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Before ‘kaffir’, here are instances of some other brands tackling racism

Before 'kaffir lime leaves', there were several other instances of brands dropping various racial terms from their packaging, so as to not further offend people

By: Lifestyle Desk | New Delhi |
June 22, 2021 9:40:18 pm
brands, branding changing name and logos, brands and racism, Black Lives Matter, re-branding, Aunt Jemima, Kaffir lime leaves, Jamie Oliver, indian express newsSince the tragic death of George Floyd last year, many brands around the world have had to rethink their marketing strategies (Photo: Getty/Thinkstock)

Celebrity chef Jamie Oliver recently took a stand against racism, when he decided to drop the term ‘Kaffir lime leaves’ from his recipes, instead calling them simply ‘lime leaves’. The decision comes after he realised that the term ‘kaffir’, has been used historically as a racial slur in South Africa.

Before ‘kaffir lime leaves’, there were several other instances of brands dropping various racial terms from their packaging, so as to not further offend people. Last year, in the wake of the Black Lives Matter movement, Quaker Oats had announced it was dropping the 130-year-old brand name and image, which featured a Black woman named Aunt Jemima. Quaker, a subsidiary of PepsiCo, stated Aunt Jemima’s origins are based on a racial stereotype.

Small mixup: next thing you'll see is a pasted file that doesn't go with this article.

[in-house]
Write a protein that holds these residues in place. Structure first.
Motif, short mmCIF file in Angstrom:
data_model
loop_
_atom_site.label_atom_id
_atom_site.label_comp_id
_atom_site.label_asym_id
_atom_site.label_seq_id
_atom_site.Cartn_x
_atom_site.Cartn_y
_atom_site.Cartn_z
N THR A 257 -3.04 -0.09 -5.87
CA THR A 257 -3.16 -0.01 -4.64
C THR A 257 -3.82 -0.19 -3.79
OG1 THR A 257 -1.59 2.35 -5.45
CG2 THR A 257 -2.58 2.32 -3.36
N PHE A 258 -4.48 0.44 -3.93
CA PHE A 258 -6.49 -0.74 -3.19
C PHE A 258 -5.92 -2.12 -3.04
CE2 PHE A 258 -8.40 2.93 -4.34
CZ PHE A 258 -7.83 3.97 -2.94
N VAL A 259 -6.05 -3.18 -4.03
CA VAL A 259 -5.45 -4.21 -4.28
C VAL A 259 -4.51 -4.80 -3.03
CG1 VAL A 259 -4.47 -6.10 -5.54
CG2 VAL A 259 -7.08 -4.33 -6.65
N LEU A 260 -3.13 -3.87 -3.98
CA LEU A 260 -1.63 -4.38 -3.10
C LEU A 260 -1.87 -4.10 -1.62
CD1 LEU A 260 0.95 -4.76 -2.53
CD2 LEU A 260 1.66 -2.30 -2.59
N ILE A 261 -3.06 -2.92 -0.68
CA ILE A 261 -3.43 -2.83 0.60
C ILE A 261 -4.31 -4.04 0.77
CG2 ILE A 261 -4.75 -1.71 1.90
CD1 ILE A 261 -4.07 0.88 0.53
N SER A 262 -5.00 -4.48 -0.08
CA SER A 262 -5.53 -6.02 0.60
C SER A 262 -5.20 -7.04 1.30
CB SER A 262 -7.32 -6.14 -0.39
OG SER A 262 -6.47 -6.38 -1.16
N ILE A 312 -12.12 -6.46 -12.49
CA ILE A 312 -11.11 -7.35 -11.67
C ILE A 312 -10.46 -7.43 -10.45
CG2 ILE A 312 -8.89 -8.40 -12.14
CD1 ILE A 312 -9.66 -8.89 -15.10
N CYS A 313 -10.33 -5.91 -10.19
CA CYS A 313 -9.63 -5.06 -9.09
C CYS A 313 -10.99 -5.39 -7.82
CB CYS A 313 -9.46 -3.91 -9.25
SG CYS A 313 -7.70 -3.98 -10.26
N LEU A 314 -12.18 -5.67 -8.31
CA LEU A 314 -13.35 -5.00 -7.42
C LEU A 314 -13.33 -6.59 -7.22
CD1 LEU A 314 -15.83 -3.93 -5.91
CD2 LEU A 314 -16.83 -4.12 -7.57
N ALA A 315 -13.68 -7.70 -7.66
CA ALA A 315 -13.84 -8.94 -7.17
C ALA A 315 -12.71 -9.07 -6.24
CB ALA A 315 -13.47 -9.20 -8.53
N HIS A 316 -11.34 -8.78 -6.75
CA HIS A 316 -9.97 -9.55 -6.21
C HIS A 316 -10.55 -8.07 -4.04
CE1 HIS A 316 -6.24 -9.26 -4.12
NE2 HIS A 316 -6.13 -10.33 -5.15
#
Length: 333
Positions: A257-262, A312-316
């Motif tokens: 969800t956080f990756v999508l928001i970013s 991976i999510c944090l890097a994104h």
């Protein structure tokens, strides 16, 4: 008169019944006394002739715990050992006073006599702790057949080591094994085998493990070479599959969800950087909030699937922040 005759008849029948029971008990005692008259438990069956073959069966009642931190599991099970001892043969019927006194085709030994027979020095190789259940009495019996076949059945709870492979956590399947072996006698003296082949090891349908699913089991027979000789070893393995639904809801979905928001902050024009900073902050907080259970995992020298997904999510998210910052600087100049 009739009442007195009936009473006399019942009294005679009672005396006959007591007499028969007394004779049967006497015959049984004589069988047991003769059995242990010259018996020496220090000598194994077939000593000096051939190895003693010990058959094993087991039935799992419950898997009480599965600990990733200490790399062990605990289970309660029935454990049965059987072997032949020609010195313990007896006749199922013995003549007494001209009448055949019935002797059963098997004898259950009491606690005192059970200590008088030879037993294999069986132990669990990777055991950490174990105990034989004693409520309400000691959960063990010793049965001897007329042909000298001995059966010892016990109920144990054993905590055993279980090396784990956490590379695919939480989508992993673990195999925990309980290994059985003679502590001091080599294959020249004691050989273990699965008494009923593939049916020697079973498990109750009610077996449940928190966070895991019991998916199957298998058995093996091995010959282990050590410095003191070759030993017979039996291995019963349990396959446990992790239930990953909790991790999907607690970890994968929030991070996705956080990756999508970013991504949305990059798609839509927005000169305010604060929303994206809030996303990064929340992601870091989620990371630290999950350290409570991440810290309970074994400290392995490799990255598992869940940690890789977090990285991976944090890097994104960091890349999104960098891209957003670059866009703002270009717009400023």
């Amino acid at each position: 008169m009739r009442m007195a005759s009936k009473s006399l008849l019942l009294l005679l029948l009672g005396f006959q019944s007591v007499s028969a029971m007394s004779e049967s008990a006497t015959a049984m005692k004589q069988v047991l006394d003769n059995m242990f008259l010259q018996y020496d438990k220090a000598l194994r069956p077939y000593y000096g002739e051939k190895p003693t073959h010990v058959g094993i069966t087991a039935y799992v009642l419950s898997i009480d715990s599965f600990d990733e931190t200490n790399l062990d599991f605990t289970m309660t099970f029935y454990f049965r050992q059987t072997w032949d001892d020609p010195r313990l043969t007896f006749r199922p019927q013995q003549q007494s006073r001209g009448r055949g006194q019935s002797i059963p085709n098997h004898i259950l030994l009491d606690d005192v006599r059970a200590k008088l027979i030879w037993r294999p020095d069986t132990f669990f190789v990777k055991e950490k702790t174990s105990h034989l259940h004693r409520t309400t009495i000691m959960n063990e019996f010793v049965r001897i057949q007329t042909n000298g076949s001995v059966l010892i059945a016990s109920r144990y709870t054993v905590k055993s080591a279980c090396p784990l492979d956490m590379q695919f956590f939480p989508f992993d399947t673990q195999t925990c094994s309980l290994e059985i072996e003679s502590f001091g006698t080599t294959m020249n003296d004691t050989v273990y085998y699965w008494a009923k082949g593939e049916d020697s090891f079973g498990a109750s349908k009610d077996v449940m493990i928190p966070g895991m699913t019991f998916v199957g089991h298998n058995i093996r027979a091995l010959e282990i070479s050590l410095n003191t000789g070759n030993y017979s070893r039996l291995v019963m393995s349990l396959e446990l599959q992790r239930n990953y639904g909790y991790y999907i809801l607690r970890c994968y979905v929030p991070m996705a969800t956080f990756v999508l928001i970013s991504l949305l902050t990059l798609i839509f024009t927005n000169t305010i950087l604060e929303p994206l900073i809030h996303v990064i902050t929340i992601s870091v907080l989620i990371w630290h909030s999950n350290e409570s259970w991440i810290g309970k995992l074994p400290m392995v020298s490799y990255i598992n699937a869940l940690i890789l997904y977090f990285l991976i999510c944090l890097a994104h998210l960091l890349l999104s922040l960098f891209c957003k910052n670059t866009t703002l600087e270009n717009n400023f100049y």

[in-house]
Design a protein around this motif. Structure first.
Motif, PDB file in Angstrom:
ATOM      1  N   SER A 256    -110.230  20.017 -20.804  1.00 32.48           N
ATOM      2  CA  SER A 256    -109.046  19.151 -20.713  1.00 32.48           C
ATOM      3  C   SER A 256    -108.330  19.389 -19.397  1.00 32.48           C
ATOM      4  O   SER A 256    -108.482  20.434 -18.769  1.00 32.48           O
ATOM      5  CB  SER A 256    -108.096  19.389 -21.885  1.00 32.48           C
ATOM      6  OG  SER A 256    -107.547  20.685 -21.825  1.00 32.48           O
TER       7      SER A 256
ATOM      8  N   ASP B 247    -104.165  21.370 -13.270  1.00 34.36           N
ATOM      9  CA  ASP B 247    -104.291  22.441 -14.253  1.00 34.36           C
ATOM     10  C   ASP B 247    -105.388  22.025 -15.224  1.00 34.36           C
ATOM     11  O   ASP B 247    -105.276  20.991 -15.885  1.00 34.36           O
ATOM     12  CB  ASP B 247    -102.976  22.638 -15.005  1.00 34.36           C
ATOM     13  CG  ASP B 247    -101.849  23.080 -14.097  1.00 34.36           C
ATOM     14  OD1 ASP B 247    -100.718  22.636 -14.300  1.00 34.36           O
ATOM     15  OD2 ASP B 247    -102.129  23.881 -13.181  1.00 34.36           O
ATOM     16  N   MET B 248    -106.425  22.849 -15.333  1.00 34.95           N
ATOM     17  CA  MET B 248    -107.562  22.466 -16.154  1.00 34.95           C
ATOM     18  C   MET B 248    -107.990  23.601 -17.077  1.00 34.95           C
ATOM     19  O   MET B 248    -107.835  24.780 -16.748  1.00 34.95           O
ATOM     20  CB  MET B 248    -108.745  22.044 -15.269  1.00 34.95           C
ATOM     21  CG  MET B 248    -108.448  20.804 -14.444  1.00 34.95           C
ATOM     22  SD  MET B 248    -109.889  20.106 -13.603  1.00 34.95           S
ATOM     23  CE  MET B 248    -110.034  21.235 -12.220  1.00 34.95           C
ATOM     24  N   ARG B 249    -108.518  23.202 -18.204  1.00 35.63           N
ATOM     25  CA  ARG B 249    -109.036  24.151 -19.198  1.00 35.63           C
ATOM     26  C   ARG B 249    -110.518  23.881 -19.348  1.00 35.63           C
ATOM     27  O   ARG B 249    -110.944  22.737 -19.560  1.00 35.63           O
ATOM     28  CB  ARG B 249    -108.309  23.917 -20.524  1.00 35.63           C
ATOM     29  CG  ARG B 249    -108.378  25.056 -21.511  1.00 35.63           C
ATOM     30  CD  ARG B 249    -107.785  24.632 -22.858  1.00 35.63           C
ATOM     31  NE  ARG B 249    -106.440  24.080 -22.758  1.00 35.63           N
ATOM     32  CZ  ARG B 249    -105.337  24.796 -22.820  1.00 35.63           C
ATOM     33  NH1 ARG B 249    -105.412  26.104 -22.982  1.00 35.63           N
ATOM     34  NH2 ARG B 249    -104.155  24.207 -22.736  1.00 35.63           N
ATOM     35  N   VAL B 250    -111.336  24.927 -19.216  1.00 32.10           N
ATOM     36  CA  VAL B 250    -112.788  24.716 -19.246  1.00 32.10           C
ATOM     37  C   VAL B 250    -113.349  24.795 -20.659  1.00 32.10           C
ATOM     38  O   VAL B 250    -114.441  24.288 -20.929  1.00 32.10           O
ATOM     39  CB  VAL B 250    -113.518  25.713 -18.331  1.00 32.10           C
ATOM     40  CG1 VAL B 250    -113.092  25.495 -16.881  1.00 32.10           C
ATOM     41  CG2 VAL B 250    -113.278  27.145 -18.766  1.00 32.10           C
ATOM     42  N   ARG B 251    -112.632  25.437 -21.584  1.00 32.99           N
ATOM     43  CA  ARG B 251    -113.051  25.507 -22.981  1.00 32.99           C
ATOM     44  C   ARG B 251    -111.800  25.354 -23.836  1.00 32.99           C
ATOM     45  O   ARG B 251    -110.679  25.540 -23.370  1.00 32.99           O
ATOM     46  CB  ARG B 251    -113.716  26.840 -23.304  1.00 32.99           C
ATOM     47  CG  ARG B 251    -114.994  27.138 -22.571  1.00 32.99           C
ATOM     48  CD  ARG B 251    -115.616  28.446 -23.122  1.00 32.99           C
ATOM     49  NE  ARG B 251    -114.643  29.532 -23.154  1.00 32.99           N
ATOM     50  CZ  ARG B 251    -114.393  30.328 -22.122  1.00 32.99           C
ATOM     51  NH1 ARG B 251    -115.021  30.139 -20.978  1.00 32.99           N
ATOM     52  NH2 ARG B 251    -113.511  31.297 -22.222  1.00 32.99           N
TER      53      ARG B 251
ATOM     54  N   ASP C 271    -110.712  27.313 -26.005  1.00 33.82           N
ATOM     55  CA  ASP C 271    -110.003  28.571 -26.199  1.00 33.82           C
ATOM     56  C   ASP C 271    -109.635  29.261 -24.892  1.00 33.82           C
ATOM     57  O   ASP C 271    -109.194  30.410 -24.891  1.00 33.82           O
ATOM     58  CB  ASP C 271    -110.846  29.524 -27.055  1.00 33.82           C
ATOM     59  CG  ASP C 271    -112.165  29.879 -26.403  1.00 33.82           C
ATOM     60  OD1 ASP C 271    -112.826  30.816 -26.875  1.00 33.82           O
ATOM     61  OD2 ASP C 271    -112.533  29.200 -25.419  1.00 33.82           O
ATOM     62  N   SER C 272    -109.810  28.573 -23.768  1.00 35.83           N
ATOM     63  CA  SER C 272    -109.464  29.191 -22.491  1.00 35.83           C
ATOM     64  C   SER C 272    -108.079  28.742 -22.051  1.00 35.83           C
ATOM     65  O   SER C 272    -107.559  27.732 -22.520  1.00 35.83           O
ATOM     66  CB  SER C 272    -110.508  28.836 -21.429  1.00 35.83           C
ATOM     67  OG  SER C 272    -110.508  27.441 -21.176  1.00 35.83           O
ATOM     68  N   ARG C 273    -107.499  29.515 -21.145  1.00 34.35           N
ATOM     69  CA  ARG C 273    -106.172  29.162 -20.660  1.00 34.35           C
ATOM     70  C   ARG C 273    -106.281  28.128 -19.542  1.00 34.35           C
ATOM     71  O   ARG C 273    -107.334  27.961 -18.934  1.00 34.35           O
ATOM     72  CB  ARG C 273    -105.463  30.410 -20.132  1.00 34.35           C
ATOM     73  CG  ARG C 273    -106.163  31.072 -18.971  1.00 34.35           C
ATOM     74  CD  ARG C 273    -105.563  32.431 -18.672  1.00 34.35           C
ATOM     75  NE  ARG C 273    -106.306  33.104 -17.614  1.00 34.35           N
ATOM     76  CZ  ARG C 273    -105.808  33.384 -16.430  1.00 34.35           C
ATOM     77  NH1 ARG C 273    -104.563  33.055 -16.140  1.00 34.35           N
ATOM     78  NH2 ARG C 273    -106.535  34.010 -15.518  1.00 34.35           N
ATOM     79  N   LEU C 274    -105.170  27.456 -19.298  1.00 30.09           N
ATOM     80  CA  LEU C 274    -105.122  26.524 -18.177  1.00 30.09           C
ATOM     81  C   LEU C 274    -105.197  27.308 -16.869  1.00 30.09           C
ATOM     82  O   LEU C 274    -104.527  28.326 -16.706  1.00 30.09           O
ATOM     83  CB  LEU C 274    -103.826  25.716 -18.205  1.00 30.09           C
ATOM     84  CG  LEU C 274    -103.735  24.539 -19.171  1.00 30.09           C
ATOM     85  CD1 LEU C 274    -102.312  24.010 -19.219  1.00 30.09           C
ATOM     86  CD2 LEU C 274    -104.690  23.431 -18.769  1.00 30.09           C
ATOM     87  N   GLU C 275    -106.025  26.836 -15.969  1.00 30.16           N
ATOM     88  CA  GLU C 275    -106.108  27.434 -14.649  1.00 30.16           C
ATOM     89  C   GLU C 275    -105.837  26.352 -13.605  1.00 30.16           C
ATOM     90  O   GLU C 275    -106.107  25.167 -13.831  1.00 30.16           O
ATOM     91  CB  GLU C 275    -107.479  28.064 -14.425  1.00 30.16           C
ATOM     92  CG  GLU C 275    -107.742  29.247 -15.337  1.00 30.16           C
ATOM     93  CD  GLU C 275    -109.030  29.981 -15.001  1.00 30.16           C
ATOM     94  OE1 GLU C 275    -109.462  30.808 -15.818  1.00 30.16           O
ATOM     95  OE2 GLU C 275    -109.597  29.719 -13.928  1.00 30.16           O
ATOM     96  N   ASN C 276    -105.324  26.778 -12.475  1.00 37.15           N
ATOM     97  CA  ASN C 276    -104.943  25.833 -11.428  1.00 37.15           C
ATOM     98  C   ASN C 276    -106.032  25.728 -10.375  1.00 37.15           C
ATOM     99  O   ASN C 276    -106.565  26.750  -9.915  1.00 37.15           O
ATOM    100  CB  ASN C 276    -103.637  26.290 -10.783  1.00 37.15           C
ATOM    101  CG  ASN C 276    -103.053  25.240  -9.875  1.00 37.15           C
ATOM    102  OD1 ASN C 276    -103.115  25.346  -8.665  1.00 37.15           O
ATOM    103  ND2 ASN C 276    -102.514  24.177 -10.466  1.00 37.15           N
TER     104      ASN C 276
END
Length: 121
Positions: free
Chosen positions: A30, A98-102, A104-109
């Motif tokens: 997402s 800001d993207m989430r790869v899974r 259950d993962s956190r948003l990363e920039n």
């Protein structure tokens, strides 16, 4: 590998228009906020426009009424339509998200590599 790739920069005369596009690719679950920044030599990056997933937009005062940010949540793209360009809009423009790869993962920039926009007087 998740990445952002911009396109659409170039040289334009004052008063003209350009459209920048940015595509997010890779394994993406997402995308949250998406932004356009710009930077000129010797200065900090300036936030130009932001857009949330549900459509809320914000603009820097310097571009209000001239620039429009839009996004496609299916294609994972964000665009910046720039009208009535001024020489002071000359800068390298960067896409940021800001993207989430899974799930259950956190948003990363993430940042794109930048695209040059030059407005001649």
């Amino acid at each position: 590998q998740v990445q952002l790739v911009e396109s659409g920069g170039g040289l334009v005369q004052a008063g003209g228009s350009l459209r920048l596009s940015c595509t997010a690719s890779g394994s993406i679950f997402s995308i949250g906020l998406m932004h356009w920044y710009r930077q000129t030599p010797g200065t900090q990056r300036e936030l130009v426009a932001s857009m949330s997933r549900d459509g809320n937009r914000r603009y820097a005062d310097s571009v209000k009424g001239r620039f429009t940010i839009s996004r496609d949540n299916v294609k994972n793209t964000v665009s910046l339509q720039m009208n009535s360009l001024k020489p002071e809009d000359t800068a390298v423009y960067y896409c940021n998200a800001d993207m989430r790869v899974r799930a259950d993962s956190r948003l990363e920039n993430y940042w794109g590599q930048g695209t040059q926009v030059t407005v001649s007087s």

The image of the lady, originally dressed as a minstrel character, changed over the past few years and Quaker eventually removed the ‘mammy’ kerchief, which allegedly perpetuated a racist stereotype dating back to the days of slavery.

Since the tragic death of US citizen George Floyd last year, many brands around the world have had to rethink their marketing strategies and tailor them as per the growing social changes, which push for more inclusivity and less racism and colourism.

Indianexpress.com had previously reported that in June 2020, besides Aunt Jemima, other brands like Uncle Ben, Eskimo Pie, and Cream of Wheat also said they would rebrand, after having been criticised for long for having racist undertones.

Uncle Ben’s rice used to have an African American rice farmer from Texas as its logo. Mars, the brand’s owner, had said last year it had “a responsibility to take a stand in helping to put an end to racial bias and injustices”, adding that “one way we can do this is by evolving Uncle Ben’s brand, including its visual brand identity”.

Uncle Ben, rebranding, packaging, racism Uncle Ben’s rice and Mrs Butterworth are among the brands which have had a reckoning with racially charged logos. (AP Photo/Rogelio V. Solis)

Another landmark redemption came in the form of Mrs Butterworth’s syrup, for which many had objected to the shape of its bottle which, like Aunt Jemima, invoked the ‘mammy’ stereotype. The company had said it was starting “a complete brand and packaging review” while acknowledging that the bottle — meant to portray a “loving grandmother” — could “be interpreted in a way that is wholly inconsistent with our values”.

Additionally, ice-cream brand Eskimo Pie was also forced to rethink its name and branding, for its packaging featured an ‘Eskimo’ character — a racially derogatory term that refers to Inuit and Yupik people in Alaska.

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